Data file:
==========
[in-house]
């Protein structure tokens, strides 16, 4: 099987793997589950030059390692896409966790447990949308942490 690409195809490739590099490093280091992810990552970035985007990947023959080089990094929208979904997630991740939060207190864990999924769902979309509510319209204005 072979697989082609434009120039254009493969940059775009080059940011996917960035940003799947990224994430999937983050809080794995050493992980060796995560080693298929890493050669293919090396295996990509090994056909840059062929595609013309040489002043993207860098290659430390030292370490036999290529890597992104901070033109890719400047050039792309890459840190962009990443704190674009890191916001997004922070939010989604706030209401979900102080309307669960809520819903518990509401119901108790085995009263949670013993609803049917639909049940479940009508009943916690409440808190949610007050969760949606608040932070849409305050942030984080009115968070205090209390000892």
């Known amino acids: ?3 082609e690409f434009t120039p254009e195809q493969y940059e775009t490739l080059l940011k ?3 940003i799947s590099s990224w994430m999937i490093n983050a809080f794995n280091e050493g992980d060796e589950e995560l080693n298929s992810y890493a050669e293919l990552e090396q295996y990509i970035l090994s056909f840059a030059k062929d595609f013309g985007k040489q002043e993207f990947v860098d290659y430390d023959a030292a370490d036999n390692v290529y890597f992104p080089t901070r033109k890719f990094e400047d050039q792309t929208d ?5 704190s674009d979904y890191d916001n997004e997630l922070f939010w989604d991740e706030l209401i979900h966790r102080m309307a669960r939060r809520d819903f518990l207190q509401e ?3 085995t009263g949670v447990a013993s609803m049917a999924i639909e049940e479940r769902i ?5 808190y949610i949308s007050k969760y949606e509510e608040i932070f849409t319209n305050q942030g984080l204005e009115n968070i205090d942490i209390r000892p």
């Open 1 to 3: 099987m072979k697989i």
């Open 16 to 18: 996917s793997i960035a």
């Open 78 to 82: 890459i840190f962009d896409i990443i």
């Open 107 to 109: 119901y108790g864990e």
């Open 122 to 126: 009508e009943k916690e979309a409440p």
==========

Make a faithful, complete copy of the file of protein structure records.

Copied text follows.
[in-house]
């Protein structure tokens, strides 16, 4: 099987793997589950030059390692896409966790447990949308942490 690409195809490739590099490093280091992810990552970035985007990947023959080089990094929208979904997630991740939060207190864990999924769902979309509510319209204005 072979697989082609434009120039254009493969940059775009080059940011996917960035940003799947990224994430999937983050809080794995050493992980060796995560080693298929890493050669293919090396295996990509090994056909840059062929595609013309040489002043993207860098290659430390030292370490036999290529890597992104901070033109890719400047050039792309890459840190962009990443704190674009890191916001997004922070939010989604706030209401979900102080309307669960809520819903518990509401119901108790085995009263949670013993609803049917639909049940479940009508009943916690409440808190949610007050969760949606608040932070849409305050942030984080009115968070205090209390000892």
């Known amino acids: ?3 082609e690409f434009t120039p254009e195809q493969y940059e775009t490739l080059l940011k ?3 940003i799947s590099s990224w994430m999937i490093n983050a809080f794995n280091e050493g992980d060796e589950e995560l080693n298929s992810y890493a050669e293919l990552e090396q295996y990509i970035l090994s056909f840059a030059k062929d595609f013309g985007k040489q002043e993207f990947v860098d290659y430390d023959a030292a370490d036999n390692v290529y890597f992104p080089t901070r033109k890719f990094e400047d050039q792309t929208d ?5 704190s674009d979904y890191d916001n997004e997630l922070f939010w989604d991740e706030l209401i979900h966790r102080m309307a669960r939060r809520d819903f518990l207190q509401e ?3 085995t009263g949670v447990a013993s609803m049917a999924i639909e049940e479940r769902i ?5 808190y949610i949308s007050k969760y949606e509510e608040i932070f849409t319209n305050q942030g984080l204005e009115n968070i205090d942490i209390r000892p």
């Open 1 to 3: 099987m072979k697989i």
């Open 16 to 18: 996917s793997i960035a």
């Open 78 to 82: 890459i840190f962009d896409i990443i």
């Open 107 to 109: 119901y108790g864990e």
């Open 122 to 126: 009508e009943k916690e979309a409440p």